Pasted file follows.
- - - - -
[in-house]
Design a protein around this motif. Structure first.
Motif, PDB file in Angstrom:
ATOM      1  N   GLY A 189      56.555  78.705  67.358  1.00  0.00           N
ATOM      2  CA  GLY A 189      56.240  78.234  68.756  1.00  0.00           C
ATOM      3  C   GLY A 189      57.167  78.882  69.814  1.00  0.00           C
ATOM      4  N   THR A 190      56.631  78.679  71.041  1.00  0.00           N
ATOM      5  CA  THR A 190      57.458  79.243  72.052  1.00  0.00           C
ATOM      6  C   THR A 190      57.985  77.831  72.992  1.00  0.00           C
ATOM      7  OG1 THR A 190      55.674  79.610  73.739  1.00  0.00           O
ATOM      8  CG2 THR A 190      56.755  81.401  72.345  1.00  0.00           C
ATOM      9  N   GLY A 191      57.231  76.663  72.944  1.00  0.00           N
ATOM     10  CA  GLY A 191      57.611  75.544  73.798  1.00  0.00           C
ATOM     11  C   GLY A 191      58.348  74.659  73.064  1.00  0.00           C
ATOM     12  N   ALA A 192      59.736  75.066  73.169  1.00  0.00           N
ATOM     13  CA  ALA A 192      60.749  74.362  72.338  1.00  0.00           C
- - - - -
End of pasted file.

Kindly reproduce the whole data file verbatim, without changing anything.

[in-house]
Design a protein around this motif. Structure first.
Motif, PDB file in Angstrom:
ATOM      1  N   GLY A 189      56.555  78.705  67.358  1.00  0.00           N
ATOM      2  CA  GLY A 189      56.240  78.234  68.756  1.00  0.00           C
ATOM      3  C   GLY A 189      57.167  78.882  69.814  1.00  0.00           C
ATOM      4  N   THR A 190      56.631  78.679  71.041  1.00  0.00           N
ATOM      5  CA  THR A 190      57.458  79.243  72.052  1.00  0.00           C
ATOM      6  C   THR A 190      57.985  77.831  72.992  1.00  0.00           C
ATOM      7  OG1 THR A 190      55.674  79.610  73.739  1.00  0.00           O
ATOM      8  CG2 THR A 190      56.755  81.401  72.345  1.00  0.00           C
ATOM      9  N   GLY A 191      57.231  76.663  72.944  1.00  0.00           N
ATOM     10  CA  GLY A 191      57.611  75.544  73.798  1.00  0.00           C
ATOM     11  C   GLY A 191      58.348  74.659  73.064  1.00  0.00           C
ATOM     12  N   ALA A 192      59.736  75.066  73.169  1.00  0.00           N
ATOM     13  CA  ALA A 192      60.749  74.362  72.338  1.00  0.00           C